A few years ago, there was an omnipresent personality to be seen at any digital art event organized in Barcelona (amongst other places). This personality was José Luis de Vicente, a writer, theorist, curator, and researcher actively involved in events like Sónar (http://www.sonar.es), OFFF (http://www.offf.ws) and ArtFutura (http://www.artfutura.org).
José was, and still is, known across the world for his blog Elástico (http://www.elastico.net). It’s for this reason that he and his partner, Marta Peirano, have been included amongst the European cultural bloggers interviewed by labforculture.org (whose collection of interviews also includes one on the director and founder of Digicult, Marco Mancuso).
Some years ago, José Luis stopped collaborating with these festivals in order to focus on his personal career path. At the moment, José Luis, apart from being a jury member in several digital art awards (like Prix Ars Electronica, Transmediale Award, Vimeo Award), teaching at the Elisava (http://www.elisava.net/) in Barcelona, directing the Visualizar program of the Medialab Prado di Madrid (http://medialab-prado.es/visualizar) and curating several exhibitions like Habitar (http://www.laboralcentrodearte.org/en/735-concept) at the Mediateca Expandida of the LABoral – Art and Industrial Creation Centre in Gijón (http://www.laboralcentrodearte.org), takes part, with 12 partners of different origins, in ZZZinc (http://www.zzzinc.net), a platform (as well as a space and lab) for digital production, research and innovation, based in Barcelona.
José Luis de Vicente has always been a curator with a particular, and very personal, vision, as well asa well-rounded figure capable of becoming instantly famous thanks to his wide range of interests, his genuine enthusiasm in sharing knowledge and the continuous attention he’s paid to social dimensions of the new media-art phenomenon. This is why we thought it would be especially interesting to have a chat with him. We met him at the C3 bar at the Centre of Contemporary Culture in Barcelona.
Barbara Sansone: What lead you to end up here?
José Luis de Vicente: My background is not in the world of art and my relationship with art is kind of coincidental, accidental. At the beginning, my idea was to study journalism and dedicate myself to popular culture. Then my father, who was a journalist like my grandfather, suggested that I studied instead, something which I would be interested in writing about. I changed my mind, I studied Contemporary Literature and specialised in Contemporary English and North-American Literature. At this time, in the early ’90s, my field of specialism was not provided by the Spanish education system; but the first wave of digital culture was emerging, and it was mainly based on the Californian cyberculture and models like “Mondo2000” (http://www.mondo2000.net/), “Wired” (http://www.wired.com), la Electronic Frontier Foundation (http://www.eff.org/).
This was also a time in which educational institutions were beginning to getinternet access. The internet was completely different then; it was a kind of secret society made up of people amazed by the possibility of communicating through a medium quite unknown to the others. In these years, I began to realise that what interested me the most was the scope, the intersection and the cultural and social repercussions of technology as a means of transformation and change. Culture, in this case, is intended in its widest meaning, and is not specific to art.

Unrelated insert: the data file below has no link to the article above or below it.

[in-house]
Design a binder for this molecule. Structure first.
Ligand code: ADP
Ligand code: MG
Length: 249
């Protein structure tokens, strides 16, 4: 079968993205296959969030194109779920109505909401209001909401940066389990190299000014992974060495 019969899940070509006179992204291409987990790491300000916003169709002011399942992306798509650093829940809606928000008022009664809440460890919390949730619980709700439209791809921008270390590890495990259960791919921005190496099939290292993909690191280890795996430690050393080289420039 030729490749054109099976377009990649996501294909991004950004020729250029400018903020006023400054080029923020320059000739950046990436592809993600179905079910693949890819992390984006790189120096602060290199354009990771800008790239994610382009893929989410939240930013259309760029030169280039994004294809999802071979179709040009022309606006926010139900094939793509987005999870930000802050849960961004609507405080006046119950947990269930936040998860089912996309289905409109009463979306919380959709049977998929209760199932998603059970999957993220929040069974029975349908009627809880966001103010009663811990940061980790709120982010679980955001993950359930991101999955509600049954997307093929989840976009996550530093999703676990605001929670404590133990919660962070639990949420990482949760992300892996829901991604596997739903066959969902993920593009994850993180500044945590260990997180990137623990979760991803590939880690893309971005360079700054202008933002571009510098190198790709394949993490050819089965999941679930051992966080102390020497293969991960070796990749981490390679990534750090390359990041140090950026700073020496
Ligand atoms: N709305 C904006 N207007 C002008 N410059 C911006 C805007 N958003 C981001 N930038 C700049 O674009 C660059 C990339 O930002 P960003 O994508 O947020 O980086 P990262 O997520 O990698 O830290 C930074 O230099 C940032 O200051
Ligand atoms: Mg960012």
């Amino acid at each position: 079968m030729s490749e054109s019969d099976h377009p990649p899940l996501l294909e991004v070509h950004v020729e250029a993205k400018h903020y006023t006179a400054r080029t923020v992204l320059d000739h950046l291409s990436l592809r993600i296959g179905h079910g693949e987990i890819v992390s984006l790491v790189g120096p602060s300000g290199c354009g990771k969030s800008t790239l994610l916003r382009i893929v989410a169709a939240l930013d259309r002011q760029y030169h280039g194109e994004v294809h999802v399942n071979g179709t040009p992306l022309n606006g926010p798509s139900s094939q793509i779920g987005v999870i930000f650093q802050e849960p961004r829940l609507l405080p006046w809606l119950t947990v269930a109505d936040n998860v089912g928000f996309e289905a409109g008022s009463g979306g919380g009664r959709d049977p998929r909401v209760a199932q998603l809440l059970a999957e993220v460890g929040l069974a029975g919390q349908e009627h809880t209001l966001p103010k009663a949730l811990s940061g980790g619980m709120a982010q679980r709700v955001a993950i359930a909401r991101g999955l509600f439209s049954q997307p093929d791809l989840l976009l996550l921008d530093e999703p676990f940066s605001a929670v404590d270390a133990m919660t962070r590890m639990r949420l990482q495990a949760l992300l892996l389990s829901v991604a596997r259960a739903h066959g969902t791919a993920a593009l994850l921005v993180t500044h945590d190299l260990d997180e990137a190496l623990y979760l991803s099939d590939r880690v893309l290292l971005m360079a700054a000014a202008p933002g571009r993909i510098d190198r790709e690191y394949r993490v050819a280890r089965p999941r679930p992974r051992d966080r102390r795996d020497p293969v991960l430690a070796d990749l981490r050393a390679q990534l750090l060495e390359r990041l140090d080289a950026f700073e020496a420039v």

In ’98, when I was finishing university, ArtFutura, Spain’s first festival on new media art and technology, came to my hometown, Seville, after having been in Madrid and Barcelona. I attended and had the opportunity to see Derrick de Kerckhove and Eduardo Kac, who were working in the field of virtual reality and devices like the Cave. It was love at first sight, and I knew that this was what I wanted to be involved in. This was not my first contact with the world of cyberculture; as I said, at university I had read magazines like “Mondo 2000” and “Wired”, had taken an interest in cyberpunk culture as a literary genre and the web as an independent space, and had followed various lines of work. But it was the festival that truly revealed to me what I wanted to do.
When the festival was over, I wrote to ask if I would be allowed to do something in the following year’s edition, if I could help in some way. It took a month or two for them to respond, but it was a warm answer. In 1999, I joined the festival as a volunteer. In 2000, I was entrusted with my first job, a collection of Chris Cunningham’s work. In the meantime, I had met people involved in several Spanish online communities and free software like Barrapunto (http://barrapunto.com/), which lead me to my first experiences in the field of digital journalism. These early experiences put me in contact with journalists who wrote on the Internet about new media, introducing me to an interesting world and the dawn of new media.
I was lucky becauseat this time in Spain, there was a great call for people to write on the Internet about the Internet, and not many people who could do it, yet I already knew what it was all about. I was given the chance to write for “El Mundo” in “Diario del navegante” (http://www.elmundo.es/elmundo/navegante.html), a national newspaper. This was surprising because the first article I wrote for “El Mundo” was only the third or fourth article of my career! Those were incredible years because digital journalism was inventing itself in real time. You could do whatever you wanted: traditional boundaries imposed by writing on paper were suddenly gone. And so I was a digital journalist for a couple of years; more than anything else, divulging what was happening in the world of digital culture and in the meeting point between culture and technology. At the same time my relationship with ArtFutura continued. For me, the festival was a means of exploring many fields, not only art.